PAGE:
Showing posts from July, 2020

New Release: Doorways to the Past are open

I’m so excited.  Today is the day when Doorways to the Past is published. ~happy dance~ A collection of short stories and character interviews by five Ocelot Press authors – Sue Barnard , Vanessa Couchman , Nancy Jardine , Jennifer C. Wilson , and me – with a foreword by our newest Ocelot, Yvonne Marjot , Doorways to the Past takes you on a journey encompassing 2,000 years! My own contributions are an interview with Nanthild from Love Lost in Time, and a short story linked to Dark Deceit, with the Empress Matilda (literally) walking on thin ice. But I do love all the other stories and interviews. So many fascinating characters, and you can get a real sense of the times they (fictionally or really) inhabited. If you're around later on this afternoon, 5pm-7pm UK time, 6pm-8pm CET, and 1pm-3pm EST, then stop by at our virtual launch event on Facebook where you can win some great prizes! Just click on this link:

Research: The Affair of the Poisons

Today, it’s my turn on the Historical Writers’ Forum ’Momentous Events’ Blog Hop . I’m very excited about that! There have been some fantastic posts already by your favourite historical fiction authors, so make sure to visit their blogs too. You’ll find the full list at the bottom of this page. I’m going to take you to Paris, and – via the dark quartiers of that city – to the Versailles of King Louis XIV. (Incidentally, the setting of my current work-in-progress.) Not all was bright and breezy in the Sun King’s realm. Courtiers vied constantly for the King’s attention. If you happened to fall out of favour, you might end up losing your life. And ladies tried desperately to make him fall (or stay) in love with them. They did this by using potions. But more of that later. In 1675, Mary-Madeleine Dreux d’Aubrey, the Marquise de Brinvilliers was accused of poisoning first her father, then later her two brothers. With the help of servants, the poison was administered to the men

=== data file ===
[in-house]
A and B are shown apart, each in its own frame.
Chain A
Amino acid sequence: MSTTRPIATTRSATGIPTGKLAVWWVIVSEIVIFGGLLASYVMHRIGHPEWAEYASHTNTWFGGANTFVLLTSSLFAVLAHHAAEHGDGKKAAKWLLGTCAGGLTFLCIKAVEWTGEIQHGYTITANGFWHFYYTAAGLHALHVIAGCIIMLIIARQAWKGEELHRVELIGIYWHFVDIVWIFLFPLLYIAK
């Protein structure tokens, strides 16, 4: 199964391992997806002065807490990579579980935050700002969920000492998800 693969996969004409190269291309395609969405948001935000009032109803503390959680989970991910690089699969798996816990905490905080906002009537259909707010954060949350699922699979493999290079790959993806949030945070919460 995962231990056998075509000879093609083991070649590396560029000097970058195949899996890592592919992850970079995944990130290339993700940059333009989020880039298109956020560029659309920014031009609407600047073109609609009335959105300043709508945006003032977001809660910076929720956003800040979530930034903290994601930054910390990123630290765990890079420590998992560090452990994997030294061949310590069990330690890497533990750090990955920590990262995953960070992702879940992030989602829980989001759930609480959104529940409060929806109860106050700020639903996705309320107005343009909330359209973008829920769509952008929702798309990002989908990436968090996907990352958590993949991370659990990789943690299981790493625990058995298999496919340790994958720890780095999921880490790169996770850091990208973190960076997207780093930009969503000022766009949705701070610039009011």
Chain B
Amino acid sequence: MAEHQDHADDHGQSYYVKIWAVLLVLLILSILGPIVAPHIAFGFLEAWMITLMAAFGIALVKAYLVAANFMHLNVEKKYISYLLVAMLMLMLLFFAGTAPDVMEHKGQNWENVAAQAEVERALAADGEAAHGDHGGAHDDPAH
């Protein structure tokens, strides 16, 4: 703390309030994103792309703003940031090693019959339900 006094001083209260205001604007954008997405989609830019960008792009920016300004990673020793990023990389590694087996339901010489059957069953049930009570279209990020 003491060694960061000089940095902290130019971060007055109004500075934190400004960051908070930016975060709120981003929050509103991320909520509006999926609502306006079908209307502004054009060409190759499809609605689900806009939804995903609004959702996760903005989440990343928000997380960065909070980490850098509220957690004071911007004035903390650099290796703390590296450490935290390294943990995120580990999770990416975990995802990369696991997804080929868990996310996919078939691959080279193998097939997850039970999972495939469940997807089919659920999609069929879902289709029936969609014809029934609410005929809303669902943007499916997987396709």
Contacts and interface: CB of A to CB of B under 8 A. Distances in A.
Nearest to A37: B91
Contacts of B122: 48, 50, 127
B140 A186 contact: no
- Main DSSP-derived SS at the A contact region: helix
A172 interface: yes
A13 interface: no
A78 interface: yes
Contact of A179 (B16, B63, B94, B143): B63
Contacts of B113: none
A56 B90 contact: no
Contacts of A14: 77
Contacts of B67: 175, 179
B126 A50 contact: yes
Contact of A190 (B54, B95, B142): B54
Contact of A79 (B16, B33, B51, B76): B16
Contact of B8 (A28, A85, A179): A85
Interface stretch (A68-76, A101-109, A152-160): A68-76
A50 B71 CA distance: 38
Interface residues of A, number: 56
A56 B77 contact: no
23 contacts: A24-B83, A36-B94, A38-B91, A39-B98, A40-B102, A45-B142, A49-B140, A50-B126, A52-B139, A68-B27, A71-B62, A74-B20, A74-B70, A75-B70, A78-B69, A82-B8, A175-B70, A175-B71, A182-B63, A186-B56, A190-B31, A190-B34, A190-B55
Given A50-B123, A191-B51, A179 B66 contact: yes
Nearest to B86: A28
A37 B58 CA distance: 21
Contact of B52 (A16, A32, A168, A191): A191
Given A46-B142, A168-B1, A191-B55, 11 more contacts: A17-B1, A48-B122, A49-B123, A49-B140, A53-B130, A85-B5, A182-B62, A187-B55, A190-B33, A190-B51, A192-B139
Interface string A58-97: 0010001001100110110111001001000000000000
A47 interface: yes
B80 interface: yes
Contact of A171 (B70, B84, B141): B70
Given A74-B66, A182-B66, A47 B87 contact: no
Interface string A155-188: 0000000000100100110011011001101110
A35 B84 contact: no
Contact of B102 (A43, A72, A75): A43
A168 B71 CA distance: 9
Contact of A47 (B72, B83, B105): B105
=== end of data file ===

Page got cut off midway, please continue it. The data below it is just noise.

Review: A Quiet Death in Italy by Tom Benjamin

Today, I’m taking you to the beautiful Italian city of Bologna – and its dark underbelly – in Tom Benjamin ’s gripping political thriller, A Quiet Death in Italy . When a body is discovered, everyone points their fingers at the police. It seems to fit, the best solution. But after a tip-off, private investigator Daniel Leicester follows a new trail that takes him into the highest political circles of the city – and into danger.  The author describes Bologna well as he shares his knowledge of the city across the pages. You get a real sense of following in Daniel’s footsteps, of seeing the streets he walks and the building he enters. The characters, especially those in local government circles, are just as you would imagine corrupt officials would be. At times, I found too much description of secondary characters distracting me from the plot, but it’s not a major issue. The novel maintains a good pace throughout, and there is a great sense of tension in places. The tone has a s

Review: The Rebel Heiress and the Knight by Melissa Oliver

Today, I have the pleasure to review The Rebel Heiress and the Knight , the debut novel from author, Melissa Oliver .  My thanks to Rachel’s Random Resources for a copy of the novel. Review: An heiress with a secret. A knight loyal to his king. A secret that could tear them apart. When Hugh de Villiers is sent north, to visit the lady of Tallany Castle about some outlaws that steal money from the king's tax collectors, little does he know the real reason King John sent him there – to marry the widow. Shocked, but also intrigued by the beautiful, headstrong widow, Hugh does as he is bid.  Eleanor of Tallany does not want to wed, but finds she has no choice. Her first husband mistreated her, and she'd managed very well on her own. But she acquiesces and marries Hugh, even though she carries a secret with her that he must never know. I thoroughly enjoyed this fast ride through medieval northern England. The author has clearly done her research, and you get a real se